Re: [Rd] setIs and method dispatch in S4 classes

From: Peter Ruckdeschel <>
Date: Mon 10 Apr 2006 - 09:07:27 GMT

Hi Seth ,

thank you for your reply.

Seth Falcon <> writes:

>Peter Ruckdeschel <> writes:
>> ## now: B00 mother class to B01 and B02, and again B02 "contains" B01 by
>> setIs:
>> setClass("B00", representation(a="numeric"))
>> setClass("B01", representation(a="numeric",b="numeric"), contains= "B00")
>> setClass("B02", representation(a="numeric",d="numeric"), contains= "B00")
>> setIs("B02","B01",coerce=function(obj){new("B01", a=obj@a, b=obj@d)},
>> replace=function(obj,value){new("B01", a=value@a, b=value@b)})
>> # now two "+" methods for B00 and B01
>> setMethod("+", signature=c("B00","B00"), function(e1,e2){e1@a+e2@a})
>> setMethod("+", signature=c("B01","B01"), function(e1,e2){e1@b+e2@b})
>> x1=new("B02", a=1, d=2)
>> x2=new("B02", a=1, d=3)
>> x1+x2 ## 2 --- why?
>My impression from reading over the man page for setIs, is that it
>isn't intended to be used to override the existing inheritance
>hierarchy. It also mentions that the return value is the extension
>info as a list, so that could also be useful in understanding what
>setIs is doing. Here's the output for your example:
> Slots:
> Name: a d
> Class: numeric numeric
> Extends:
> Class "B00", directly
> Class "B01", directly, with explicit coerce
>Use the contains arg of setClass to define the superclasses. With the
>contains arg, the order determines the precedence for method lookup.
>But I suspect you know that already.
Yes, I have been aware of this, thank you.

>> Is there a possibility to force usage of the B01 method /without/
>> explicitely coercing x1,x2 to B01, i.e. interfere in the dispatching
>> precedence, telling R somehow (by particular arguments for setIs ?)
>> to always use the is-relation defined by setIs first before mounting
>> the hierarchy tree?
> Perhaps explaining a bit more about what you are trying to accomplish
> will allow someone to provide a more helpful suggestion than mine :-)

In the "real" context, B00 stands for a class "AbscontDistribution", which implements absolutely continuous (a.c.) distributions. B01 is class "Gammad" which implements Gamma distributions, and B02 is class "Exp" which implements exponential distributions. The method still is "+", but interpreted as convolution.

For a.c. distributions, the default method is an FFT-based numerical convolution algorithm, while for Gamma distributions (with the same  scale parameter), analytic, hence much more accurate convolution formulas are used. For "Exp", I would tell R that it also 'is' a "Gammad" distribution by a call to setIs and use the "Gammad"-method.

Of course, I could also declare explicitly "+" methods for signatures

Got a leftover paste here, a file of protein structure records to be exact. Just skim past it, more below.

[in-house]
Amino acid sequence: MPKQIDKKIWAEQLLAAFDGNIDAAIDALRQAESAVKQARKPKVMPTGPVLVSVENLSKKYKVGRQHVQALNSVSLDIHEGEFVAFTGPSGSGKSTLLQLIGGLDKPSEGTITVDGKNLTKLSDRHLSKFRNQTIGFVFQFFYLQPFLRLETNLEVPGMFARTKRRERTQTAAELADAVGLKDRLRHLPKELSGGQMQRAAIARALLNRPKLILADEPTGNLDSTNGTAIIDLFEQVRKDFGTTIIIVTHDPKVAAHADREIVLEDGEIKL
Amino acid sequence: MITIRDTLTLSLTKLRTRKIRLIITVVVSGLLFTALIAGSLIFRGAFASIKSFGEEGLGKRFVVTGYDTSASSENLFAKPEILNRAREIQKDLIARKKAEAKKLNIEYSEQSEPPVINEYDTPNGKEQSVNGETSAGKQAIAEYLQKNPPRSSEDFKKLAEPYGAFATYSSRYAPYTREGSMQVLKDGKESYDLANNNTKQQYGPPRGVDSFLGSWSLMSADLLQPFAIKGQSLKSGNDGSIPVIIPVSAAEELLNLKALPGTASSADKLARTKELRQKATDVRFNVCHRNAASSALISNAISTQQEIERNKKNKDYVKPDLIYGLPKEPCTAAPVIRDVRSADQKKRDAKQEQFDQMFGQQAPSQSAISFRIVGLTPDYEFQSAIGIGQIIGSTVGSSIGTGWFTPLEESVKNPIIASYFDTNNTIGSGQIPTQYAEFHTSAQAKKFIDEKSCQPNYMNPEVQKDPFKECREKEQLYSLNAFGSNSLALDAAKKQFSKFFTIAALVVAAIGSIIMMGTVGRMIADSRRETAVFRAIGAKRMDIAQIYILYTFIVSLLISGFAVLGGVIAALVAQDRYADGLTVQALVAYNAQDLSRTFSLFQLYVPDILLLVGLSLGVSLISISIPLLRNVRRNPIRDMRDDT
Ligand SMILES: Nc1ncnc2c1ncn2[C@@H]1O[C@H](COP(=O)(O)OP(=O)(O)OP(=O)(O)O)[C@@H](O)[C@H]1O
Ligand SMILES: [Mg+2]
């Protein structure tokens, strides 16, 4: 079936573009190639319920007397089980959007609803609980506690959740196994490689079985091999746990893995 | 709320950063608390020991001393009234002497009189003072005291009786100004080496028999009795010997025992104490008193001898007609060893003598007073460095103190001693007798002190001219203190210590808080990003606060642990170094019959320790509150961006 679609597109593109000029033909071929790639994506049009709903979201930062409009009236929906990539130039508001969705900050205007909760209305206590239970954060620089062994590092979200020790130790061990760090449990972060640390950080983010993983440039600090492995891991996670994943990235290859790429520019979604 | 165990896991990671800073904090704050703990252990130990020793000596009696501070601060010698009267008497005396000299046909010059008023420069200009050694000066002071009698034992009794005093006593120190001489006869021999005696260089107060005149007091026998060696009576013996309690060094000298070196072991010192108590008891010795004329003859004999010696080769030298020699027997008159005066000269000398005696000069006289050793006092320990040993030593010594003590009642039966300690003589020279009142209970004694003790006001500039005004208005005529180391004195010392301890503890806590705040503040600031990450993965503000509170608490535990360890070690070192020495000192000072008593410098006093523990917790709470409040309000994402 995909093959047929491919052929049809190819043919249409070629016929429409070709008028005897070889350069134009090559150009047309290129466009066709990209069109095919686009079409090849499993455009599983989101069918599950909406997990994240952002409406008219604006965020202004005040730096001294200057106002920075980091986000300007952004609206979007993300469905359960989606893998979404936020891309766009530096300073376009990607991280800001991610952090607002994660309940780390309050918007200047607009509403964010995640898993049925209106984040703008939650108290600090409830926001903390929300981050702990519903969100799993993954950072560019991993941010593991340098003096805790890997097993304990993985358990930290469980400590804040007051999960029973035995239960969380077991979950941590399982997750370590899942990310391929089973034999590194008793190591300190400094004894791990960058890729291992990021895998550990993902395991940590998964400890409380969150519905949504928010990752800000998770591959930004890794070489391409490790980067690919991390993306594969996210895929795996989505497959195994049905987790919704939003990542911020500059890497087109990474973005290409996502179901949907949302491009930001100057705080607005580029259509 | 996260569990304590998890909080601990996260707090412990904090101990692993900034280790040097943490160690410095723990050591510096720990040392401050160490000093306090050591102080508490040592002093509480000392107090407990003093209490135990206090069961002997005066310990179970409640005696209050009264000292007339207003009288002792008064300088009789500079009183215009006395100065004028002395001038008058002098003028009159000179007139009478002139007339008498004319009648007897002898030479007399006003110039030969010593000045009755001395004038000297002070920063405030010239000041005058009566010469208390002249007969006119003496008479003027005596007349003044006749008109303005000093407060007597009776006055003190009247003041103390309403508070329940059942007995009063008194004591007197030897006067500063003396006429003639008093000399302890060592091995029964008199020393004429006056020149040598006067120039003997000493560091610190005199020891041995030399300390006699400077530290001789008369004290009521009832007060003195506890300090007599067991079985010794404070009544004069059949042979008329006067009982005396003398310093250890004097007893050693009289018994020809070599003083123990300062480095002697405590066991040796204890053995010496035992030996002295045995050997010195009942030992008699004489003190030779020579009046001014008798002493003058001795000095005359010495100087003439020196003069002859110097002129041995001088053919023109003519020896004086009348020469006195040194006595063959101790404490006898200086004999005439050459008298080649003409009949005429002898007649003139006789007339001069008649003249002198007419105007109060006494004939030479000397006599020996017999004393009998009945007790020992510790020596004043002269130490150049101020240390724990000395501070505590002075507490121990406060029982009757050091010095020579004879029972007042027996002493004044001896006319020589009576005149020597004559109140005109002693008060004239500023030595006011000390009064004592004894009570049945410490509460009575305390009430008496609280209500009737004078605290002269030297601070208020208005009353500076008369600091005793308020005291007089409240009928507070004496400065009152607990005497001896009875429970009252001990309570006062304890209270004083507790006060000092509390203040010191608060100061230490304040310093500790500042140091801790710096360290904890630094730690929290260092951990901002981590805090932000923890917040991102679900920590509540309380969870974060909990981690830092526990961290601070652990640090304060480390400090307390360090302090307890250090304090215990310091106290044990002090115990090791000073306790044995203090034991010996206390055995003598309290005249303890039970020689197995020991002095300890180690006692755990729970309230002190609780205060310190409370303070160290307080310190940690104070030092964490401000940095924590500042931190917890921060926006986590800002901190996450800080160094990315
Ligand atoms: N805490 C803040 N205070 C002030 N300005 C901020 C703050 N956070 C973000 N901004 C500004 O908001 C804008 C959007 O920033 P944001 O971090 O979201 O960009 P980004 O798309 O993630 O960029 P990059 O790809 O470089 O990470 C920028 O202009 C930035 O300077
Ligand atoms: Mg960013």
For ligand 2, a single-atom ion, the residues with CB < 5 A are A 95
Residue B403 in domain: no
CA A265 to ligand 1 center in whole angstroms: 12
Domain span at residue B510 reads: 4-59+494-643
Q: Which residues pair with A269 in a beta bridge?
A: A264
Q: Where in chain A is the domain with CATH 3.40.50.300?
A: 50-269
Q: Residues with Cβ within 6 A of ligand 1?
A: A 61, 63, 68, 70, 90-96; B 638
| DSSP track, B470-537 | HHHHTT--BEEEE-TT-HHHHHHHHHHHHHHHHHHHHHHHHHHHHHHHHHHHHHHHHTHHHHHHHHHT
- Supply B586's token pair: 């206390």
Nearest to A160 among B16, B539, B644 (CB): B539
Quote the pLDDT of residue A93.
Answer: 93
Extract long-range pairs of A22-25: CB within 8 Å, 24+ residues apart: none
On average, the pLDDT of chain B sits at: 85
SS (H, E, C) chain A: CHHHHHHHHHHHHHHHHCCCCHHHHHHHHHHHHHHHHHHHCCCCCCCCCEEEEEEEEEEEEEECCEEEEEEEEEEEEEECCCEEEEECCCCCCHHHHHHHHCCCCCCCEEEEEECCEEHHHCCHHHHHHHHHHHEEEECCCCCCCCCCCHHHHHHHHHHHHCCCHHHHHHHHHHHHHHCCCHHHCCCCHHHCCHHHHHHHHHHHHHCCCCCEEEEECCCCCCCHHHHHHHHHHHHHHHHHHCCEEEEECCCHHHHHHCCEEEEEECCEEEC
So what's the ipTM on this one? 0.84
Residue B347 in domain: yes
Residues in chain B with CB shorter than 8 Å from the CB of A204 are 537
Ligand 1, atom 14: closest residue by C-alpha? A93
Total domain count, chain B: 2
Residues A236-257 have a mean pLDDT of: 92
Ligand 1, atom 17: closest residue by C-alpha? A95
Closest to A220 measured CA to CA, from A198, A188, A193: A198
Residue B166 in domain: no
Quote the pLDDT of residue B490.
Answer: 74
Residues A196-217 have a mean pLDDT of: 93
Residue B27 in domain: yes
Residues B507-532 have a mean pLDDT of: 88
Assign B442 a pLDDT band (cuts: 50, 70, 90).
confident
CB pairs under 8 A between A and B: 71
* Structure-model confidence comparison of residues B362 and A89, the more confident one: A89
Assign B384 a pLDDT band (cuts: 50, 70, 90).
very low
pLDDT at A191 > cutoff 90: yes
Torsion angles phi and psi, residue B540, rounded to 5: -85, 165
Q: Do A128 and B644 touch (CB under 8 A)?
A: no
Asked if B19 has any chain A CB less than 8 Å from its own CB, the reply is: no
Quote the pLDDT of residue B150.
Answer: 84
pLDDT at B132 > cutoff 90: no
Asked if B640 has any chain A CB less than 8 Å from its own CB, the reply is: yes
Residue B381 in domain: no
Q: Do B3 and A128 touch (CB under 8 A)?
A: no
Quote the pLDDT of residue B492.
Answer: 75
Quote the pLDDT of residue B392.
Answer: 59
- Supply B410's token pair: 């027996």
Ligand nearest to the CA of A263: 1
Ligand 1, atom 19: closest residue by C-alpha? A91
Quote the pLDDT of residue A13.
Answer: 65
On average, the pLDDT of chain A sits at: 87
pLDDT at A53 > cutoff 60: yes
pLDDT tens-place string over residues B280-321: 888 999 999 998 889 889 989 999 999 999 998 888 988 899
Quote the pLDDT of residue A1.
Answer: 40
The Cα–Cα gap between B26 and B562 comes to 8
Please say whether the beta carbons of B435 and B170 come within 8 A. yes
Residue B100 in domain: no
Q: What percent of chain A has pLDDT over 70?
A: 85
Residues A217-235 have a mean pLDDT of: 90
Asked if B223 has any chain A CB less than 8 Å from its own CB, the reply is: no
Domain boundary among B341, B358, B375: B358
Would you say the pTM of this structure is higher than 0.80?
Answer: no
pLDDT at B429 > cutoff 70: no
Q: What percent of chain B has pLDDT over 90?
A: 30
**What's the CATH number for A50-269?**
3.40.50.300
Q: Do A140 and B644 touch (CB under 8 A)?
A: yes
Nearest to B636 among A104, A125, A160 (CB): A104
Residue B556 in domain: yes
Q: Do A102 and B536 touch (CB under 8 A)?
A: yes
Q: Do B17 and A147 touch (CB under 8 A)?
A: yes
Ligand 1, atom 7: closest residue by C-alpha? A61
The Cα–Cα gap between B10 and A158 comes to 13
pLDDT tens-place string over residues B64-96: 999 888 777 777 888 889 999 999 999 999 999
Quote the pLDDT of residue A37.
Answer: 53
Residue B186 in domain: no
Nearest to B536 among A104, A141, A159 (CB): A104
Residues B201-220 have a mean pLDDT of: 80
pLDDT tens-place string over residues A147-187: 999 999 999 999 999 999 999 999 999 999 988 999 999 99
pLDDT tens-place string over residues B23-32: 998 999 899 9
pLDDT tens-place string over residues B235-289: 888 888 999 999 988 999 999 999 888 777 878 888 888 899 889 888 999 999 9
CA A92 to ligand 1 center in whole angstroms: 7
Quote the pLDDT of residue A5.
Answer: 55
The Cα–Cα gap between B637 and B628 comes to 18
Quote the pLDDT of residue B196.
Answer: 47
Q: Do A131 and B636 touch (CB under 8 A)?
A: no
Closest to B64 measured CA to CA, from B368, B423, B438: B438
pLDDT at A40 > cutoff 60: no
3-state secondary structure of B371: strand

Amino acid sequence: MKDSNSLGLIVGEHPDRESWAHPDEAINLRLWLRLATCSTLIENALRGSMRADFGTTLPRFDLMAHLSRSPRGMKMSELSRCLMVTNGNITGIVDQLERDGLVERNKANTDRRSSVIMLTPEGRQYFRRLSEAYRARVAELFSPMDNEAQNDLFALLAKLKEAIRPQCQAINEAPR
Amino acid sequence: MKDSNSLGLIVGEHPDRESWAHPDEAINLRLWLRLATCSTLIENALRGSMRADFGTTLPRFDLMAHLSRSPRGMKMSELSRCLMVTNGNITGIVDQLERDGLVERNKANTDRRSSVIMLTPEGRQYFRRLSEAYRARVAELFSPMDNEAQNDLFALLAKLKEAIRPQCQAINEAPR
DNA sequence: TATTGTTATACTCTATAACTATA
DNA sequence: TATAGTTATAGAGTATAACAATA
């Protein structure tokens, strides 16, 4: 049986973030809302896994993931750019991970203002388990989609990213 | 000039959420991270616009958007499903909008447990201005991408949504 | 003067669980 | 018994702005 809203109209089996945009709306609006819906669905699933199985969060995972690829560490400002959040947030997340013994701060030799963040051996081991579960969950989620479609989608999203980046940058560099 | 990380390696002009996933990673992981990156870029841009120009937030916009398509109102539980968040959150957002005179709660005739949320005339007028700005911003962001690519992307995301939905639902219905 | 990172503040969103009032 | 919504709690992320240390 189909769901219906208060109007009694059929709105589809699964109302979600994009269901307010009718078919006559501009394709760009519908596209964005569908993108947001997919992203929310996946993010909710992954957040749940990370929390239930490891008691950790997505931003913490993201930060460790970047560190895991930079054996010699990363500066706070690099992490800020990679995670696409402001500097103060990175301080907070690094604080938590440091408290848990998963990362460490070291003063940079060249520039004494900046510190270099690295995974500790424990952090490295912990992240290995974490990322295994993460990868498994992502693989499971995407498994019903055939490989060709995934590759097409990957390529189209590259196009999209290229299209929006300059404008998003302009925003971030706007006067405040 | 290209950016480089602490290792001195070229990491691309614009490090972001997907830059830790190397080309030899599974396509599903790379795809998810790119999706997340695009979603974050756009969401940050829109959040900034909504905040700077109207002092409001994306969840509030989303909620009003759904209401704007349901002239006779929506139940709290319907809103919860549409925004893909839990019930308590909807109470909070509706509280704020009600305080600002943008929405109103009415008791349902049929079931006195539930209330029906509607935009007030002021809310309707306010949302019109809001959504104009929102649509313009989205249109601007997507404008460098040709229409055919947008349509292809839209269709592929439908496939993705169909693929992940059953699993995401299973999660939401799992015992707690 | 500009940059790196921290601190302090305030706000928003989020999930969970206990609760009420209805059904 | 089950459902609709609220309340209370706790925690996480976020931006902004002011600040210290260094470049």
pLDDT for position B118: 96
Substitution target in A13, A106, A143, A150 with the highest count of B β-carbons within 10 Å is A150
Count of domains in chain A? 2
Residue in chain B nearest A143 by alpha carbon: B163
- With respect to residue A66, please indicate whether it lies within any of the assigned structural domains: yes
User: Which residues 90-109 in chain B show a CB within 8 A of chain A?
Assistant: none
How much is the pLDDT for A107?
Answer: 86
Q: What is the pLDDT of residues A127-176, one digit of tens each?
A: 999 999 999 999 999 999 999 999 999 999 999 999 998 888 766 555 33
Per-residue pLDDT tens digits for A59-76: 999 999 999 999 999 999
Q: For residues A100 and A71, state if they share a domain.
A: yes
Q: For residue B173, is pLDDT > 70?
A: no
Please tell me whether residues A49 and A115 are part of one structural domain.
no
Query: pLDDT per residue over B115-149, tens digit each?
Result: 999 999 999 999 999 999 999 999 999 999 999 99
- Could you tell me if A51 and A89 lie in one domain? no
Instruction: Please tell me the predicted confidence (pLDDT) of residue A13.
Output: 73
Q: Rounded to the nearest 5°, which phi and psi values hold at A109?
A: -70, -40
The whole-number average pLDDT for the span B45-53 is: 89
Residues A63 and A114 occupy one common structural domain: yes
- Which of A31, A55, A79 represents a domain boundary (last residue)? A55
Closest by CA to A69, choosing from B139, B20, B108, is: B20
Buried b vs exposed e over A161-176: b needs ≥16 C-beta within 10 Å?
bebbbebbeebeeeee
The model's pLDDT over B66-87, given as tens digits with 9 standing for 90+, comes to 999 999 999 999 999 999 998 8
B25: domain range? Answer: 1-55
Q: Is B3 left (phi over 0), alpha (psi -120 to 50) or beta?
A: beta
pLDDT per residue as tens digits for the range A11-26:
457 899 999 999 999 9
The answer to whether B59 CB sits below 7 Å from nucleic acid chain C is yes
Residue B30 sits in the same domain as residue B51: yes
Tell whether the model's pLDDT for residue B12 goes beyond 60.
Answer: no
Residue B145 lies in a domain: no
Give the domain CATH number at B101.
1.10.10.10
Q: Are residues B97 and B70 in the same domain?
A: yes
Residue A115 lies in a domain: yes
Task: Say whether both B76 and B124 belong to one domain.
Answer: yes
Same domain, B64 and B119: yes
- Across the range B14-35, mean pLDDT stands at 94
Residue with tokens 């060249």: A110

c("Exp", "Exp"), c("Exp", "Gammad"), and c("Gammad", "Exp")  in
which I would then use as(.) to coerce "Exp" to "Gammad"
(and again the same procedure for further Gamma-methods).

But, this would create an extra (3 or possibly much more) methods to dispatch, and I doubt whether this really is the preferred solution.

> If you know the inheritance structure you want before run-time, then
> I'm not seeing why you wouldn't just use the contains arg

I do not want to use the "+" method for "B00" for accuracy reasons (see above).

The reason why I do not want to implement "B01" ("Gammad") as mother class of "B02" is that

(a) the slot structure is not identical --- in the real context Gamma and Exp use different parametrizations ---  + rate for "Exp" (cf ?rexp) and
 + shape for "Gammad" (cf rgamma)

(b) also class "Weibull" could be used as mother class to "Exp", and I do not want to decide whether the Weibull or the Gamma is the (more) "legitimate" mother to Exp ;-)

I know: 'contains' could be a vector of classes --- c("Gammad", "Weibull") --- but then which would be the correct slot structure for "Exp" the one of "Gammad" or the one of "Weibull" ?
My context is a bad example, "Gammad", "Weibull" do have the same slots, but more generally this /is/ an issue...  

But maybe there is a better solution ?
Any suggestions are welcome.

> And if you want to force certain behavior at run-time, then I don't
> see what's wrong with an explicit coercion using as(foo, "bar").

If you have two objects E1, E2 of class "Exp" (with the same rate) you (or the user for whom we provide these classes) rather want to

call "+" by     E1 + E2      than
by      as(E1, "Gammad") + as(E2,"Gammad")

Anyway, thank you for your help

Peter mailing list Received on Mon Apr 10 22:05:52 2006

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